I'm not an expert birder—and certainly not an expert on tufted titmice. Oh sure, titmice are regular year-around feeder visitors. I see them every day and am quite familiar with their usual peter-peter-peter whistle. But yesterday, I was entertained during my deckside lunch break by a noisy and scrappy session of atypical (to me, anyway) titmouse behavior.
I was kicked back in the rocker on the deck, with a favorite book, eating, reading, and keeping the occasional eye on the river, the island across from the cottage, and the various hummingbird and seed feeders nearby. The bird supply was steady and varied, though mostly cardinals, titmice, chickadees, house finches, nuthatches, and every so often, a red-belied or downy woodpecker. One of the larger feeders, stuffed with sunflower seeds, hung within five or six feet of where I sat.
The scenario began with a shouting match—an odd sort of back-and-forth sparring which didn't sound at all like the usual titmouse call. Moreover, until I actually spotted the participants, I wasn't even sure the sounds were coming from a titmouse, or that more than one bird was involved. Whatever the argument as about, it was a fast-moving exchange. Within moments, a pair of titmice appeared, hopping from branch-to-branch where they'd face off for a few seconds, maybe two-to-three inches apart, each voicing their complaints—or possibly calling their opponent unflattering names—in an astonishingly loud vocalization. In fact, the loudest bird sound I've ever heard emanate from a titmouse; wren-loud and then some!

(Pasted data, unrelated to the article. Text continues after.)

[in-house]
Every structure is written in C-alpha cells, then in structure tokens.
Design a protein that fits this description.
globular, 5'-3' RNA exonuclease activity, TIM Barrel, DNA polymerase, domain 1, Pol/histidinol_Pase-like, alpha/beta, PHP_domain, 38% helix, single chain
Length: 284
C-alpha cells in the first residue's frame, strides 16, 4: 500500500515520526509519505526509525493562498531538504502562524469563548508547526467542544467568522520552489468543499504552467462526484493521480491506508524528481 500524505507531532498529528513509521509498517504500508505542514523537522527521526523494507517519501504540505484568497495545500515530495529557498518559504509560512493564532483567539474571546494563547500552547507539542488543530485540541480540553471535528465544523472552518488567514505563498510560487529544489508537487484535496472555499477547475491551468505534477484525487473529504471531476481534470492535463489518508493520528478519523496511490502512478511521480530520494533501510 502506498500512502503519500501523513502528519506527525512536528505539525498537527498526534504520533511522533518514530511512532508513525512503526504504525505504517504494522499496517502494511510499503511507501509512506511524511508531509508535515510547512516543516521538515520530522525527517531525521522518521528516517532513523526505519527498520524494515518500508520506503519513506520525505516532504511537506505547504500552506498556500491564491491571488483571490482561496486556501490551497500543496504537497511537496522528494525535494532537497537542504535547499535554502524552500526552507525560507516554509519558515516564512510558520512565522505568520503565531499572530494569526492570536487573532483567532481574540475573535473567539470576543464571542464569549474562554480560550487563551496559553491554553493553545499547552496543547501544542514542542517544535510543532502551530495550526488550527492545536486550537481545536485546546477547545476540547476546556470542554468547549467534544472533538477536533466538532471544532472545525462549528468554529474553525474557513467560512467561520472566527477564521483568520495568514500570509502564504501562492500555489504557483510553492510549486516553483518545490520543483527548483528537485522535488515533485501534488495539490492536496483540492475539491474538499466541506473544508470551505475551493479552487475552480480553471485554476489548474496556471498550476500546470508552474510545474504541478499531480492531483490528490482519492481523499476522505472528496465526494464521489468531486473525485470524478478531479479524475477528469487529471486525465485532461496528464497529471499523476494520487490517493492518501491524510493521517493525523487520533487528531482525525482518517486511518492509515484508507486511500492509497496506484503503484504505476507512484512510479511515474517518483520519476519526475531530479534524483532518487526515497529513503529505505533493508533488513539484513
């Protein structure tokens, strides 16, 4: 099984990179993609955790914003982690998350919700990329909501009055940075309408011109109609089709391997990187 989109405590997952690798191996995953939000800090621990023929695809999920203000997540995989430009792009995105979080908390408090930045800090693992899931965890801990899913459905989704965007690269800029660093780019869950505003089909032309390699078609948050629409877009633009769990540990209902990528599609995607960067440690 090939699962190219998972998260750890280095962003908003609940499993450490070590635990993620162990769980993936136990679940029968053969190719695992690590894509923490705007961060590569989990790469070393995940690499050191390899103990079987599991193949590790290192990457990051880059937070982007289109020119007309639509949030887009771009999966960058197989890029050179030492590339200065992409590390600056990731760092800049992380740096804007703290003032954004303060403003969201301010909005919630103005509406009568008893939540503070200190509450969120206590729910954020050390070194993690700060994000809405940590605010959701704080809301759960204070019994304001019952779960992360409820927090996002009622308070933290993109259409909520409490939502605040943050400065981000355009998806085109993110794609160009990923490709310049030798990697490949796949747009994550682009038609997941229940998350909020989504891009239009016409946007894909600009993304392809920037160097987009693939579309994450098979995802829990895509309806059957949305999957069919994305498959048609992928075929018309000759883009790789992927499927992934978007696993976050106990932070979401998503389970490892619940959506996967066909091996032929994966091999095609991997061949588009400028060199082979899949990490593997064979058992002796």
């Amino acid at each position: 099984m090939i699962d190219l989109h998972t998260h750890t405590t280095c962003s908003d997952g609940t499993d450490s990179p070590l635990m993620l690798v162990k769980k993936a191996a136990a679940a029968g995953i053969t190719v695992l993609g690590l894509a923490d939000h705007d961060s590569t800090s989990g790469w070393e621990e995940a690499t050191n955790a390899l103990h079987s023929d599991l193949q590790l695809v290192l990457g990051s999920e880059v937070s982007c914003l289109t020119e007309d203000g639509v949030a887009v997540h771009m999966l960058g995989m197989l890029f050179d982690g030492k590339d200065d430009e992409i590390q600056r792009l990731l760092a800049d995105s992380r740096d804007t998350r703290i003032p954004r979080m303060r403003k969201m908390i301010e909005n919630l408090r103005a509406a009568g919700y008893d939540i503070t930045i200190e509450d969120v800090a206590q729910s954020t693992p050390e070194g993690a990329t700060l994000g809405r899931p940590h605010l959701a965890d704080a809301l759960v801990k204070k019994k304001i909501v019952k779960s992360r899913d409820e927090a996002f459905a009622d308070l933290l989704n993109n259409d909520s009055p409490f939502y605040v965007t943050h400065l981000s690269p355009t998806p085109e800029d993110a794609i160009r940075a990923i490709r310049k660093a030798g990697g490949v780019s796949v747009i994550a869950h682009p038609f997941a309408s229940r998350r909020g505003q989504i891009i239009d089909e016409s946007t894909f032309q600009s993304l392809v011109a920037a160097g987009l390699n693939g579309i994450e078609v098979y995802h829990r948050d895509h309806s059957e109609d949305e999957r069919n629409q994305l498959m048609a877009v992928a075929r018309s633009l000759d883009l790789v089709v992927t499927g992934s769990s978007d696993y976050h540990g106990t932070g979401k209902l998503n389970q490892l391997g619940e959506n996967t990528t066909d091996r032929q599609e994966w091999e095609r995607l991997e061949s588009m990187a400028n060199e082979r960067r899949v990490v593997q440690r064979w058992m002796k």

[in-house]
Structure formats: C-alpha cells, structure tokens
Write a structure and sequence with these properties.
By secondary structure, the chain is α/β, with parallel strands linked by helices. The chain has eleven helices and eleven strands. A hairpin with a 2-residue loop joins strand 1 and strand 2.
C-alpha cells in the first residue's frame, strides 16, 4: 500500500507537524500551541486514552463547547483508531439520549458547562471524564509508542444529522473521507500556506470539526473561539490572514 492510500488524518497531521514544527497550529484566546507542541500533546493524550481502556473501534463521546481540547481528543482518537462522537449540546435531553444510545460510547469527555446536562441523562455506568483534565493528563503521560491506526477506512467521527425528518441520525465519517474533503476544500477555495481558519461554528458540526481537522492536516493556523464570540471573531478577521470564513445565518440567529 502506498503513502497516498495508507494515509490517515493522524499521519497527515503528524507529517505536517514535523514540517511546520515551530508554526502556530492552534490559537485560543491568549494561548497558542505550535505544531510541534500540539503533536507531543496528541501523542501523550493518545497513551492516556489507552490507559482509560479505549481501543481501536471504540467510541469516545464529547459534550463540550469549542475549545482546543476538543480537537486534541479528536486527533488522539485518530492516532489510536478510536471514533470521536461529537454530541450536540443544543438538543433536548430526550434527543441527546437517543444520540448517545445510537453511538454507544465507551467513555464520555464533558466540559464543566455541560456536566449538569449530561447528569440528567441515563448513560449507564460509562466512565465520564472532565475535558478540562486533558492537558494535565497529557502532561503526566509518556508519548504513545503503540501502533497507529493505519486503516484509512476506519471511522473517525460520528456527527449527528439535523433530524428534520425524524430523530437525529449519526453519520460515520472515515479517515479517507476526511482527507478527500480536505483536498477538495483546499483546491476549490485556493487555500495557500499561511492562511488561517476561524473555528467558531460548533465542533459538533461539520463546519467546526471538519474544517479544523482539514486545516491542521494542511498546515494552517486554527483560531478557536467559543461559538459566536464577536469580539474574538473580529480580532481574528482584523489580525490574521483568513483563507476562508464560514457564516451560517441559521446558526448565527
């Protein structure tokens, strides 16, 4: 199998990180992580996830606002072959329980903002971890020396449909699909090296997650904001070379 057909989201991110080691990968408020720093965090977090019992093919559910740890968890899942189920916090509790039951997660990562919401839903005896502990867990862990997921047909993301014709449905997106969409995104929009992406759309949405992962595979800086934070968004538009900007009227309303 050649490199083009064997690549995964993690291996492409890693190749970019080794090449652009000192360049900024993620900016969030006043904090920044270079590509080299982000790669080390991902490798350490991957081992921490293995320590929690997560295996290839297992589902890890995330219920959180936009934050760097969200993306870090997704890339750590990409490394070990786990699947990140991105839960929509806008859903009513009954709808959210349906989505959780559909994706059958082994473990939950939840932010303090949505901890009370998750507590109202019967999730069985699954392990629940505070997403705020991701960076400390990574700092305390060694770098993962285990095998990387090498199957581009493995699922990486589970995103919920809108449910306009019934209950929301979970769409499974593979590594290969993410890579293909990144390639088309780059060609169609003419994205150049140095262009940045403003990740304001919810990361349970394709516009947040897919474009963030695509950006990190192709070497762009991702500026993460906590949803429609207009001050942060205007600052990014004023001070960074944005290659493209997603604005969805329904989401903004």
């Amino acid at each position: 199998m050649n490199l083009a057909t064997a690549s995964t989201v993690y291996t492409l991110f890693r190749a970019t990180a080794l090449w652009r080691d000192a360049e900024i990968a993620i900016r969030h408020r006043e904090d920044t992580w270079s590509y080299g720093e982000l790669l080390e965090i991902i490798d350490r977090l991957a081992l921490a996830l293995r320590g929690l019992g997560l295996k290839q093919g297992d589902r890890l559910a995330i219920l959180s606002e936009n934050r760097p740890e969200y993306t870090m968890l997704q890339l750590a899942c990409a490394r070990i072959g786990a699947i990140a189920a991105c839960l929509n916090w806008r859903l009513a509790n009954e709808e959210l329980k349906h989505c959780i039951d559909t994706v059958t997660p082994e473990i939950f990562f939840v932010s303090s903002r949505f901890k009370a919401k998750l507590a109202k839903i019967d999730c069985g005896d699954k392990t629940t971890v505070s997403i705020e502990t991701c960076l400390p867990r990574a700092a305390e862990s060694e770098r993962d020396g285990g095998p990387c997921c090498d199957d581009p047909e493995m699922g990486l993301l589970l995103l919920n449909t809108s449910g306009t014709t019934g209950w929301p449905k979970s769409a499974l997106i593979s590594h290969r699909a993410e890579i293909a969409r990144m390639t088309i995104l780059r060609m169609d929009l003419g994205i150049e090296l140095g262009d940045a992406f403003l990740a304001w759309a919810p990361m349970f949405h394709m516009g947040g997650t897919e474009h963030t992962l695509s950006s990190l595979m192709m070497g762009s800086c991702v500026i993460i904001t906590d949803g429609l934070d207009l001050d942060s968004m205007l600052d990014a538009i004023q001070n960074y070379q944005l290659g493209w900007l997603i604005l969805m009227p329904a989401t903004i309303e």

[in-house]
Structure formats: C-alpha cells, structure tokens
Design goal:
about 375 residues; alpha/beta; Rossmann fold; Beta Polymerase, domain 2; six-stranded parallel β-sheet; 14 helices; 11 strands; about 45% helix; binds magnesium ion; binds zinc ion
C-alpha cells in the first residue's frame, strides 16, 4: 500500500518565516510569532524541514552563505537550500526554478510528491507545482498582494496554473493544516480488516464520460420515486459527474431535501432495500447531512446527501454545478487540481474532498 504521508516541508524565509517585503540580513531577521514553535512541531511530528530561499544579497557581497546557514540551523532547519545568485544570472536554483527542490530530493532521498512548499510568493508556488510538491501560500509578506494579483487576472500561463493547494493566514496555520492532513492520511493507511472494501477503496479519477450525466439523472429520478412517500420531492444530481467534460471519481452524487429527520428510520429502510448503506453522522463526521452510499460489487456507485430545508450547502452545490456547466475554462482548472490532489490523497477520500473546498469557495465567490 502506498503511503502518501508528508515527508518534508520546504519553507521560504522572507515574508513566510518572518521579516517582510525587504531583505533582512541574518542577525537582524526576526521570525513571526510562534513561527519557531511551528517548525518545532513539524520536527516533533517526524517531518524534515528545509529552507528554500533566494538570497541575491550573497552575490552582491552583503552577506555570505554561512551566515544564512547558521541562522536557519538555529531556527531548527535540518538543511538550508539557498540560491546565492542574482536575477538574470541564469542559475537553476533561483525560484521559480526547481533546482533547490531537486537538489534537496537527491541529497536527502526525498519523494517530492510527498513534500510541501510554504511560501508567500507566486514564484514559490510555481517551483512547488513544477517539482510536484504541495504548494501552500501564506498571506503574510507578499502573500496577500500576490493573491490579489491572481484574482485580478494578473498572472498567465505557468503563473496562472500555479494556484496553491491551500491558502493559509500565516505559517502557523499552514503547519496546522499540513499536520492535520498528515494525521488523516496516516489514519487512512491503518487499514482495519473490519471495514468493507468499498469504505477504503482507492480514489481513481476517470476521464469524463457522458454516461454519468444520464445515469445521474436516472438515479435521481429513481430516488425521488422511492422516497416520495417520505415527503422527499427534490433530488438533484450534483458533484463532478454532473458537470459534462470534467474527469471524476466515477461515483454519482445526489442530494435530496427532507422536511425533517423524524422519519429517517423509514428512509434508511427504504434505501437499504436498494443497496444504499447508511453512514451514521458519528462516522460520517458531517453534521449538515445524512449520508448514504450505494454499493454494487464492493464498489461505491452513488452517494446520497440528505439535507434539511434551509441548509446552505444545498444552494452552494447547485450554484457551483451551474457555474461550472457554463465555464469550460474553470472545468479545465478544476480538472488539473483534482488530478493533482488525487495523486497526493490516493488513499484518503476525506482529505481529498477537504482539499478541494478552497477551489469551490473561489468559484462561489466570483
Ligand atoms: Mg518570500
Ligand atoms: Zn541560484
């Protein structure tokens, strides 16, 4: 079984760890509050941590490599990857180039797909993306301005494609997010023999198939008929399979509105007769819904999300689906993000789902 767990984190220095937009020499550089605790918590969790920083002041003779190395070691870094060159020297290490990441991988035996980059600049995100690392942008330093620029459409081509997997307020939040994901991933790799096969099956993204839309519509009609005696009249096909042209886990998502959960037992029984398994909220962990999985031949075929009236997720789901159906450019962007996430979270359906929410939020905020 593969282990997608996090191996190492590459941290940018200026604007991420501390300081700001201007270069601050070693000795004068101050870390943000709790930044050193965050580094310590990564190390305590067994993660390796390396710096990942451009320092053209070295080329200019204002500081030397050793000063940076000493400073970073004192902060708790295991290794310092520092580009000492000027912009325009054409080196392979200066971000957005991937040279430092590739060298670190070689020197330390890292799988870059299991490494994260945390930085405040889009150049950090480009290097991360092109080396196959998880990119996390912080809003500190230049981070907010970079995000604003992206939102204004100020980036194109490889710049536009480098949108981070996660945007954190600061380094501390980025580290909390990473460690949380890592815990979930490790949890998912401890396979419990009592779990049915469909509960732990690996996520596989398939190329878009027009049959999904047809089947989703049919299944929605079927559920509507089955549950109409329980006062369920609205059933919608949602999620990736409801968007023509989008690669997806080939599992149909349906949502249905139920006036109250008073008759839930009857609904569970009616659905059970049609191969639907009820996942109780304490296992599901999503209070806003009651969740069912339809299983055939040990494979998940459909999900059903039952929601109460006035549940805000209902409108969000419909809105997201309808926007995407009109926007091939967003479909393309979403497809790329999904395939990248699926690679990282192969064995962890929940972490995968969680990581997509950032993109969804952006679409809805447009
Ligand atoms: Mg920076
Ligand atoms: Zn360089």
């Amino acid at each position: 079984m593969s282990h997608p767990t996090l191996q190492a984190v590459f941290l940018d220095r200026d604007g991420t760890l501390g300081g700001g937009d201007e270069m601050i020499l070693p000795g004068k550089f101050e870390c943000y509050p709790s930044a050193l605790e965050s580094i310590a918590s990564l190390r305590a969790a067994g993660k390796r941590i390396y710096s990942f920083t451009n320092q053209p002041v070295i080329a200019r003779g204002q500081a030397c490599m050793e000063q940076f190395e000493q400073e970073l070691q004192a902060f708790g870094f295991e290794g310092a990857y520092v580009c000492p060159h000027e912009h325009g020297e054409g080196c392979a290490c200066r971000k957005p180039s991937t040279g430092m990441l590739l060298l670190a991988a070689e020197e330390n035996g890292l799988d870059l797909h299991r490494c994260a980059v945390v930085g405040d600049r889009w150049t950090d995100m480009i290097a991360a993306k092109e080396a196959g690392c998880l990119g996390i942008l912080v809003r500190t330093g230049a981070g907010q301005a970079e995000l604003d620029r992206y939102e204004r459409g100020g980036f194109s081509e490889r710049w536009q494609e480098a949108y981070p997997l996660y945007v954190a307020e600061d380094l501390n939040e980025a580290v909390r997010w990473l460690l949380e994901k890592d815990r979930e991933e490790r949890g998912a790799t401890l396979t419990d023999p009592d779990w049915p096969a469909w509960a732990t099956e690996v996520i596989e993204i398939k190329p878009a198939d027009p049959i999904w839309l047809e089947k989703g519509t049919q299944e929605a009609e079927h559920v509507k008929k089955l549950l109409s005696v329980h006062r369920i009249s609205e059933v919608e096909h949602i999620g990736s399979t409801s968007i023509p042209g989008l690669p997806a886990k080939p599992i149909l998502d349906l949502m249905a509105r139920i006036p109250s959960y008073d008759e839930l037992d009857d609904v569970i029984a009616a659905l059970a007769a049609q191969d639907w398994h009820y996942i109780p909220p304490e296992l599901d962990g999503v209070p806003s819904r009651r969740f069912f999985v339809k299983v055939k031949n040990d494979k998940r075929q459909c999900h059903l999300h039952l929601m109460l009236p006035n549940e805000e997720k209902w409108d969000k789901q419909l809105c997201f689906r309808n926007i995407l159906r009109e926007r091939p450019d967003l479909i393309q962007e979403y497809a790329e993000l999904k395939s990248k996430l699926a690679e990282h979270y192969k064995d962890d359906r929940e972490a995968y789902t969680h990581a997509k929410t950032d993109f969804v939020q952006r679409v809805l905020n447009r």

After a brief exchange of bemeanings and name-calling, the birds would scoot along the branch, or fly to another, and repeat the process. As I said, this call was not at all like the usual titmouse whistle—rather a call I've never heard before. One other thing I noted was that one bird was much louder than the other; the unquestioned cranked-up volume master—a veritable Pavarotti of the hurled insult.
Following a few minutes of close-range clamor, the pair would suddenly dart into the air, flying over the river, a dozen feet from the trees and about the same height in the air…at which point they would whirl until they were facing one another, fluttering while windmills to stay aloft, inches apart, and continue this aerial standoff, whirring wingfeathers intermingling, until they began to lose altitude and sank to within a inch or two of the stream's surface. On several occasions I believe a tailfeather or two actually got wet.
At this perilous point they would call a temporary truce, return to the hackberry branches near the seed feeder, and resume their beak-to-beak debate. This chain of events was repeated at least a dozen times. Finally, the weaker-lunged titmouse either lost the argument or his voice—or at any rate decided he'd had enough in-his-face shouting for the day, and flew off.
Most avian battles are about territory, mates, or food. I have no Idea which prompted this particular disagreement. But I do know I've never seen titmice act this way, never heard the distinctive—but different—call being used by both parties, and never heard such a big voice on so small a bird.